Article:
The piece is fair, largely flattering but challenging, too. It was written by Joel Mathis, whom I’ve come to know some through Philadelphia media circles but got to speak to more at length during the interview process (thanks for the interest Joel). I can admit that I was nervous how the piece would land after I found out the magazine announced plans to launch a vertical focused on “innovation,” but I’ve seen the piece and their plans for Biz Philly appear to be a wider business blog.
It’s still a strange time here for the local news media environment.
Still, though I think Joel did a fine job, I wanted to share a few more background thoughts for those who might be interested. Read the item here, or find a PDF of the article here or buy the mag if you can, then check out below.
(Also, check out this cool blog post of a mutual friend who reached out to make sure the typewriter I’m using in the photo was authentic — it was a gift from my grandfather.)
Those of us named are said to be future leaders of Philadelphia that should be connected with more established leaders to ensure we remain invested here. It’s the same group that organizes the 10-month long leadership fellowship I proudly completed in 2013.
True to form of Leadership Philadelphia, led by a mentor of mine Liz Dow, this is not just a vanity list. Over the course of six monthly networking events, we’ll be paired with more established leaders to foster mentorship relationships outside of our existing communities. The series started last week with an event at the historic Union League.
It’s both a true honor and an incredible opportunity to meet people I will work with for years to come.
I’m thankful I was included in a salon-style dinner among a dozen Philadelphia city creative and philanthropic leaders at the historic Waterworks restaurant. The prompt for the conversation over dinner was the ‘maker economy.’
The discussion focused on Philadelphia but clearly the themes tie to a lot of cities around the world today: how do we build a broad future economy? The conversation was off-the-record, but there were a few topics interesting enough to be worth sharing without attribution.
On editorial teams that I’ve been a part of, two tasks not core to reporting still take up time that I think could be more automated. Both were attempted to be addressed at Canvas, the first media innovation hackathon organized by Aljazeera in Qatar this weekend.
I am proud to say I was there in Doha this week serving as one of 10 mentors for the 90 participants from 37 countries who were chosen out of 1,600 applicants (40 percent of those chosen were women). The winning projects were chosen out of 19. (Other favorites)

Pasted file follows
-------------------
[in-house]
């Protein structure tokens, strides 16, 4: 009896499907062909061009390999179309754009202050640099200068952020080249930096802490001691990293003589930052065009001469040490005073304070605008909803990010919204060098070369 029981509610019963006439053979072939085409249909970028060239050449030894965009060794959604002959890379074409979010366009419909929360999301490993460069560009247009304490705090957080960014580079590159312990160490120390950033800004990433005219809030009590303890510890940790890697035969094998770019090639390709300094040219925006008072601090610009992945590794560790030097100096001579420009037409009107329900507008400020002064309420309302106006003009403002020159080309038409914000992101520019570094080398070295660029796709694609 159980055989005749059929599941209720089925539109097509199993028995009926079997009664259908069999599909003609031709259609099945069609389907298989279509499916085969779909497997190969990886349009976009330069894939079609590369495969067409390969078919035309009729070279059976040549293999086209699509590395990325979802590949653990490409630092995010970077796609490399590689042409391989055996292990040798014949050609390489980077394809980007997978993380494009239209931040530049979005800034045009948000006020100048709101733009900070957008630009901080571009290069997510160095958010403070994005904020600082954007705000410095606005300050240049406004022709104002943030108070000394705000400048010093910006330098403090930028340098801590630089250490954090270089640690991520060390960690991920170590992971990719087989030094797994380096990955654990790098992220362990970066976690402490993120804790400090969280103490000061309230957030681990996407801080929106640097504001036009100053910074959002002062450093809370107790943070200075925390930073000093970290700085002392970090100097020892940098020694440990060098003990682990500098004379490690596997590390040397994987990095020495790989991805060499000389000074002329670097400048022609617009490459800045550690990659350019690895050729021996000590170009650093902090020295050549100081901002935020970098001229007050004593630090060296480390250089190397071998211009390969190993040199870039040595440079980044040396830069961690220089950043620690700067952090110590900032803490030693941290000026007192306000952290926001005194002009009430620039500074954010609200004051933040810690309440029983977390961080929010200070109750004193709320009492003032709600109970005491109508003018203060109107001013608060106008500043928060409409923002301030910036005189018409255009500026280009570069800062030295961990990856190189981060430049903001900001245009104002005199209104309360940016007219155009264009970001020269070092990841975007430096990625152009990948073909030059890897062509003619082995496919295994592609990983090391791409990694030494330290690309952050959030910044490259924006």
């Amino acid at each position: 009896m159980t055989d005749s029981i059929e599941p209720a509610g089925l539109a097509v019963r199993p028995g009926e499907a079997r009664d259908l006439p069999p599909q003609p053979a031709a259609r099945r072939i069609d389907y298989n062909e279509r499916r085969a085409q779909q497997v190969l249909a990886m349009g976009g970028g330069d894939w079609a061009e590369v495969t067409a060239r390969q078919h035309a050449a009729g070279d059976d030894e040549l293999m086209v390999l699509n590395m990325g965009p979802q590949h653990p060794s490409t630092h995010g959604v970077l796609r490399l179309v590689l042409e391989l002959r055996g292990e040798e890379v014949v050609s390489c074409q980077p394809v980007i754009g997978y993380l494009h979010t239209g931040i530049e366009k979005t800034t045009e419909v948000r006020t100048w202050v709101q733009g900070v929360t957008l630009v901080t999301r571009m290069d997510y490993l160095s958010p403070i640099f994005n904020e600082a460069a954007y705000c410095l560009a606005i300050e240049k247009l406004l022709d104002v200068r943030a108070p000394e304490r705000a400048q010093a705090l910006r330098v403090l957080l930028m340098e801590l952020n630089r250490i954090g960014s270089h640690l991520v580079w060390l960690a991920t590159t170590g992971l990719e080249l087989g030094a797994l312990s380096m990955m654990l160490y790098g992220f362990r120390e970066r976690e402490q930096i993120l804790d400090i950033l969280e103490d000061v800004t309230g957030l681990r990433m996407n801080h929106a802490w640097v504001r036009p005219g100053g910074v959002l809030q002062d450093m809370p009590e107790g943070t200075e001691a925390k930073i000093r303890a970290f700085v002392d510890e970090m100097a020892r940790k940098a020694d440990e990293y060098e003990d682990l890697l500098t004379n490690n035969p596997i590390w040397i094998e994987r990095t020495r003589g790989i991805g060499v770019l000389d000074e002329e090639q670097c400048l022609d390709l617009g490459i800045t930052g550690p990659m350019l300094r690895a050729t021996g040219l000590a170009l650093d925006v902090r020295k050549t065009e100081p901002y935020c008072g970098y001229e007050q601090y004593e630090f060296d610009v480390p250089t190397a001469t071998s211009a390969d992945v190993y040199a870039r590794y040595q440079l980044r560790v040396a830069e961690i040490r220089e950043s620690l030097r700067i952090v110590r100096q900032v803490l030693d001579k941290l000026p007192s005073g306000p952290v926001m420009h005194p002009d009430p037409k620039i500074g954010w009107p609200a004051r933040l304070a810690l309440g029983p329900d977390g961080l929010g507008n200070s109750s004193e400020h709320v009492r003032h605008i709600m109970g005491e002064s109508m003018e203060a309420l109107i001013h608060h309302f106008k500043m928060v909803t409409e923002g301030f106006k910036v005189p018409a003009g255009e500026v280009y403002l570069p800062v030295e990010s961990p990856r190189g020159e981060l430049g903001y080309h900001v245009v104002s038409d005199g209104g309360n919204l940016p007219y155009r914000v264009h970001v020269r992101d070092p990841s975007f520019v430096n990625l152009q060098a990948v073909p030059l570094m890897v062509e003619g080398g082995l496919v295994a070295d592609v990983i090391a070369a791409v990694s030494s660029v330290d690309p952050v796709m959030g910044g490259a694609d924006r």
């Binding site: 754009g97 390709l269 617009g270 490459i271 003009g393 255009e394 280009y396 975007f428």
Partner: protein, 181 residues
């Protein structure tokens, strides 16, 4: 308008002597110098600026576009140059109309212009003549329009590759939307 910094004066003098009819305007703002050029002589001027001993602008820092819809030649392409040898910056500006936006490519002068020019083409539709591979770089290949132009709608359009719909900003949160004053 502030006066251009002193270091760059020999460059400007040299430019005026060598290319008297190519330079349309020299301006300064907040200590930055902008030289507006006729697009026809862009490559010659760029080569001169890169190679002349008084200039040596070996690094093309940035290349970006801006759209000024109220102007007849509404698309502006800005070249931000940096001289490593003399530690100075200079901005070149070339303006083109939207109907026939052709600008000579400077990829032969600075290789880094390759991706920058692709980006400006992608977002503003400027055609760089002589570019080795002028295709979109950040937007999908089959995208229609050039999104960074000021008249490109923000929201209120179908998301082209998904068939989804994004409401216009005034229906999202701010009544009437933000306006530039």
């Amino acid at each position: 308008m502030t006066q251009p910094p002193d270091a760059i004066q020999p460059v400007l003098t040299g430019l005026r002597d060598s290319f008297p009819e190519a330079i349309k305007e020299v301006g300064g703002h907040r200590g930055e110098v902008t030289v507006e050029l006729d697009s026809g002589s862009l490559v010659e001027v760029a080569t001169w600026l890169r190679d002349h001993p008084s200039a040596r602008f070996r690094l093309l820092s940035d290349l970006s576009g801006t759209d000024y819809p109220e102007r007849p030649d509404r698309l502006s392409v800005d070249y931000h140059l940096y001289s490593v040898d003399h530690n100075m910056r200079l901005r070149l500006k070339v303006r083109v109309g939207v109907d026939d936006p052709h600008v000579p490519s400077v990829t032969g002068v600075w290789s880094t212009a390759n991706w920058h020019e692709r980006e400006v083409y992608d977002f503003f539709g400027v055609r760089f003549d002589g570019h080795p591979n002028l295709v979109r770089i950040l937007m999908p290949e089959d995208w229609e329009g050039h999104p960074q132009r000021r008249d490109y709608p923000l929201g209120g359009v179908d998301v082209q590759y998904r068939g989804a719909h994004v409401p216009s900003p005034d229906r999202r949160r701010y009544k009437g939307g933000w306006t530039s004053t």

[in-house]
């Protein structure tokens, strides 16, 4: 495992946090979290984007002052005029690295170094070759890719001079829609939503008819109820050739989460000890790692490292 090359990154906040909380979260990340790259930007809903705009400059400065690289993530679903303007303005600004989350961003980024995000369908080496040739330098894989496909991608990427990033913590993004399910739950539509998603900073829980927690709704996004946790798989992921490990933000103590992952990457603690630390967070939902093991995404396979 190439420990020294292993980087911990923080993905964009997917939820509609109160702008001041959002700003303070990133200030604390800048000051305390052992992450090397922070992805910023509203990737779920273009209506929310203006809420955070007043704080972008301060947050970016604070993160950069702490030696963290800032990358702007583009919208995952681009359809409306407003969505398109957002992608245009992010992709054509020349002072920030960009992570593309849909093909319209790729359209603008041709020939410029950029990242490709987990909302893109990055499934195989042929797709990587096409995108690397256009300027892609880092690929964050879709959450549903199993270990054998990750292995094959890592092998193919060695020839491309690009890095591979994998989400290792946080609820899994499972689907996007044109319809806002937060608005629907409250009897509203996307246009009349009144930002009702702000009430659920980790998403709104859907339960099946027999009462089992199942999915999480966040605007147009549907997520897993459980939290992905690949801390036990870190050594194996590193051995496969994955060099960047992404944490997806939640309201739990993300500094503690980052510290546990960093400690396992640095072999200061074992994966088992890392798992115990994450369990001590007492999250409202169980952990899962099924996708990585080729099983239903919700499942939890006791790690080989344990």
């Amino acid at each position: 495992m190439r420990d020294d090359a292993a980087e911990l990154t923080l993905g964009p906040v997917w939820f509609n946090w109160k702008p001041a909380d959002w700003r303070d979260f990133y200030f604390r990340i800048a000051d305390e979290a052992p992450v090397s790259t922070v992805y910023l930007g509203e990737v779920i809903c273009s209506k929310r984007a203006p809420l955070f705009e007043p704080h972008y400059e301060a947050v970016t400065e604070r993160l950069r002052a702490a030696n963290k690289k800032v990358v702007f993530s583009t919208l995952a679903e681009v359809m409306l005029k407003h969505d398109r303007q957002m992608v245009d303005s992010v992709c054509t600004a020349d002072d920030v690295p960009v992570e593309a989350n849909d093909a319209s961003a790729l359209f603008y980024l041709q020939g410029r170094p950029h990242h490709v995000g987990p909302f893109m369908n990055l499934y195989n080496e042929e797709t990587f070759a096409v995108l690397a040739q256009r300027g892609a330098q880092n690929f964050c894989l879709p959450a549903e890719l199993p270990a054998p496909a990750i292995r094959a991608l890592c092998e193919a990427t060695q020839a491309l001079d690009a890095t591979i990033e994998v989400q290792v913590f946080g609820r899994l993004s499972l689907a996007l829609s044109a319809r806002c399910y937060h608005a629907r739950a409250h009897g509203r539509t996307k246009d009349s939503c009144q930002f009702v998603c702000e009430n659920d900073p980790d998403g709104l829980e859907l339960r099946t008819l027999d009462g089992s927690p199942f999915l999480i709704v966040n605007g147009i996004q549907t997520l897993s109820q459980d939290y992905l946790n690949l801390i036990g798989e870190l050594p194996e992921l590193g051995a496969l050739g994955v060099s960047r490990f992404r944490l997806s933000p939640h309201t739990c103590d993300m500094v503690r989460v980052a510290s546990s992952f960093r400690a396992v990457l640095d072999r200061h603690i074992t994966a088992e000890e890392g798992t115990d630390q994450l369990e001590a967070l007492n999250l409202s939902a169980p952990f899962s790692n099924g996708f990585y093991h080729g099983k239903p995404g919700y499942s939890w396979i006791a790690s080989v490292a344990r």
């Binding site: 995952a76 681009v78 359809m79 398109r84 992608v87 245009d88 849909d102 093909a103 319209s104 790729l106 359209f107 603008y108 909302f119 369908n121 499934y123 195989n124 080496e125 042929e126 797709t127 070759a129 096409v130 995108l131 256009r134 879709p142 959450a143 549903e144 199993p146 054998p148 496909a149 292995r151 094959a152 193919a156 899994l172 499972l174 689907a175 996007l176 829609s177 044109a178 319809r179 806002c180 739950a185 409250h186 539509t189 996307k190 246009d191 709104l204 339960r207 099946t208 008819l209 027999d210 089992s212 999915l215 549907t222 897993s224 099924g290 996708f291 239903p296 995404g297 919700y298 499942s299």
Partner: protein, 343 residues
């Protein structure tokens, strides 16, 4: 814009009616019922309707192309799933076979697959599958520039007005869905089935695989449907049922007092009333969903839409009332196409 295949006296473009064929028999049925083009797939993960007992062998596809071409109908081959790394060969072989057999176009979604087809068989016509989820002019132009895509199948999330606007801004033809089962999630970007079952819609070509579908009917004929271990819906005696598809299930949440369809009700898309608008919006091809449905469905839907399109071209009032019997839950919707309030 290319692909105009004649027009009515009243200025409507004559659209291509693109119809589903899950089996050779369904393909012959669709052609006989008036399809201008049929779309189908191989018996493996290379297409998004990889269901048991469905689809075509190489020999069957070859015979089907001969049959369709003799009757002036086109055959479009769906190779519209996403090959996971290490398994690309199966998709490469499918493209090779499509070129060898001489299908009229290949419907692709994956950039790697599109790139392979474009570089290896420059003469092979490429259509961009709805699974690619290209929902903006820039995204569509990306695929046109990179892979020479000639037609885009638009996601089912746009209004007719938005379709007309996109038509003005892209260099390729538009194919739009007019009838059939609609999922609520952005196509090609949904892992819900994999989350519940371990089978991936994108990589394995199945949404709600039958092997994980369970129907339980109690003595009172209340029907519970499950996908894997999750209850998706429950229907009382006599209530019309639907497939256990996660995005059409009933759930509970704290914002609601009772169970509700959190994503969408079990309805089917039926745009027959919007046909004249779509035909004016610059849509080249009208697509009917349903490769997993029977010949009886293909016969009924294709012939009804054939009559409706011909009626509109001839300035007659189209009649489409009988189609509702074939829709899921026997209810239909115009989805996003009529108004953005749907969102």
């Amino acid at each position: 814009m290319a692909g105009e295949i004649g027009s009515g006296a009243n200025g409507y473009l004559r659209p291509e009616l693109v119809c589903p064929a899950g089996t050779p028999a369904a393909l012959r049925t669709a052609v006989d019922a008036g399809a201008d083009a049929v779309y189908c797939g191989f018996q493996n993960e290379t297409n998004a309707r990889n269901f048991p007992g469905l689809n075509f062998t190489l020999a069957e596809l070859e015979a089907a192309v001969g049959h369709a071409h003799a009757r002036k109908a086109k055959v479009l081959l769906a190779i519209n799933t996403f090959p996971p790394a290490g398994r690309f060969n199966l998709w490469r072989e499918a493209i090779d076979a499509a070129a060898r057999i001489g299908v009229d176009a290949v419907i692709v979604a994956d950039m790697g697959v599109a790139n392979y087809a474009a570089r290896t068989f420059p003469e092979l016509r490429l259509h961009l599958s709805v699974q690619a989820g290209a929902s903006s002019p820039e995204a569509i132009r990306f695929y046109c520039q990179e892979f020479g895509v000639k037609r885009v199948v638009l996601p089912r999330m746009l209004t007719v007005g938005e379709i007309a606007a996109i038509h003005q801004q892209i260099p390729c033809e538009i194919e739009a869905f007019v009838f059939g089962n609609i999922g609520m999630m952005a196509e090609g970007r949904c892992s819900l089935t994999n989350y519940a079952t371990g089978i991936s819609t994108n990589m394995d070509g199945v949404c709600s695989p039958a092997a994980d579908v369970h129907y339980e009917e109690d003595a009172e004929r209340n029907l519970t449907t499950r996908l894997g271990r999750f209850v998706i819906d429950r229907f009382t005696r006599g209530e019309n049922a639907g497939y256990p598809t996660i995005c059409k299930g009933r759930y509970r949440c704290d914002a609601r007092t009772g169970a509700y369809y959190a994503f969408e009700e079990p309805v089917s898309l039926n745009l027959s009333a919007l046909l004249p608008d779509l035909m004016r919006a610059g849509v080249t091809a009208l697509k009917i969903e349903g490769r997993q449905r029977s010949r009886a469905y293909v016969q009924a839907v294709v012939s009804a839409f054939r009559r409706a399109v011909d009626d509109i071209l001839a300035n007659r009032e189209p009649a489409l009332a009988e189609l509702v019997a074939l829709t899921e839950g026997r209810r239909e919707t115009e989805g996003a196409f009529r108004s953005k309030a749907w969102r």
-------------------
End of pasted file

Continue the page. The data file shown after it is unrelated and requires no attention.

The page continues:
The Greater Philadelphia Chamber of Commerce named my Technical.ly cofounder Brian Kirk and I the ‘Young Entrepreneurs of the Year’ in their 32nd annual small business excellence awards.
We were proud to get on stage, following another dozen winners in different categories, at the Crystal Tea Room in the old Wannamaker Building in front of past attendees, Chamber members and service providers. I will likely share the recognition for years to come, so I wanted to share some initial thoughts here too. (Find pics of or presentation here)
When you run a publicly-traded company with an $80 billion market cap, it’s easy to focus on the short-term. Strained by a year of declining share price, Bill McDermott, the first American CEO of German software giant SAP, says he’s far more focused on making an organization-wide shift that will better suit the company for the future.
“You can’t build a company for 60 days; build for 60 years,” he said.
I have joined the advisory council for a new Masters in Science program on Digital Innovation in Marketing at Temple University’s Fox School of Business in Philadelphia.
I’m a graduate of Temple but not of the Fox School, so I’m not there as an alumni. Rather, I was asked by Professor Munir Mandviwalla, who is helping to organize the program, to offer some voice from the news media industry, in addition to the intersection of entrepreneurship and technology.
The Pen and Pencil Club, the country’s oldest surviving private press association, welcomed me onto its board of governors as one of its youngest members last February. This month, I am proud to say I was voted on to remain there.
Here is some background on the famous private club and my own goals for being part of its board again.
LEADERSHIP Philadelphia is a more than 50 year old civic society development nonprofit that has been the model for similar groups around the country. Among its programs, its furthest reaching is the annual Core Class, which selectively takes 110 mostly mid-career candidates from corporate, philanthropic, institutional and community groups and takes them through a 10-month program about Philadelphia, leadership and civil society.
Since 1993, Liz Dow, the well-connected, well-regarded, clear leader has been the nonprofit’s executive director, and I was blessed to come to know her in the past three years. It’s through that very meaningful relationship, with someone whom I have come to consider a confidant, that I was offered the chance to apply for and be accepted into the 2013 Core Class.
As the next class gets settled, I wanted to digest what I learned from the experience.